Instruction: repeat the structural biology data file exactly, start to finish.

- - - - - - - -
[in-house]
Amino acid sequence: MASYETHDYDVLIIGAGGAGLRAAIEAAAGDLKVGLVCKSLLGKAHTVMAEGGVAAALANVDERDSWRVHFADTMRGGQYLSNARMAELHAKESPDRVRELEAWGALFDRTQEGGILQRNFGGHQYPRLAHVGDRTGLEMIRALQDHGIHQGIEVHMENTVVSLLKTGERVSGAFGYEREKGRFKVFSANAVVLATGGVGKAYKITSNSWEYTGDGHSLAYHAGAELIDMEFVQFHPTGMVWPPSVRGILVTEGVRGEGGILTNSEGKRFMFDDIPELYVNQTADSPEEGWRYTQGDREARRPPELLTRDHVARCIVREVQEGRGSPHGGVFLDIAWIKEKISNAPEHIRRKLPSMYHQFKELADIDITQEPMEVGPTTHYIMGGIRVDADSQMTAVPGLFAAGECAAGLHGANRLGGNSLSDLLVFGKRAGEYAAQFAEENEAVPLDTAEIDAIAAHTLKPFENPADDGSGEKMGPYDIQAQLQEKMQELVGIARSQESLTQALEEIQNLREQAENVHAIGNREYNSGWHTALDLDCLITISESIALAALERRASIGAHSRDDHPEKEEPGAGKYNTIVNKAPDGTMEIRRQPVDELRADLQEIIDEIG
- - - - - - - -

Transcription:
[in-house]
Amino acid sequence: MASYETHDYDVLIIGAGGAGLRAAIEAAAGDLKVGLVCKSLLGKAHTVMAEGGVAAALANVDERDSWRVHFADTMRGGQYLSNARMAELHAKESPDRVRELEAWGALFDRTQEGGILQRNFGGHQYPRLAHVGDRTGLEMIRALQDHGIHQGIEVHMENTVVSLLKTGERVSGAFGYEREKGRFKVFSANAVVLATGGVGKAYKITSNSWEYTGDGHSLAYHAGAELIDMEFVQFHPTGMVWPPSVRGILVTEGVRGEGGILTNSEGKRFMFDDIPELYVNQTADSPEEGWRYTQGDREARRPPELLTRDHVARCIVREVQEGRGSPHGGVFLDIAWIKEKISNAPEHIRRKLPSMYHQFKELADIDITQEPMEVGPTTHYIMGGIRVDADSQMTAVPGLFAAGECAAGLHGANRLGGNSLSDLLVFGKRAGEYAAQFAEENEAVPLDTAEIDAIAAHTLKPFENPADDGSGEKMGPYDIQAQLQEKMQELVGIARSQESLTQALEEIQNLREQAENVHAIGNREYNSGWHTALDLDCLITISESIALAALERRASIGAHSRDDHPEKEEPGAGKYNTIVNKAPDGTMEIRRQPVDELRADLQEIIDEIG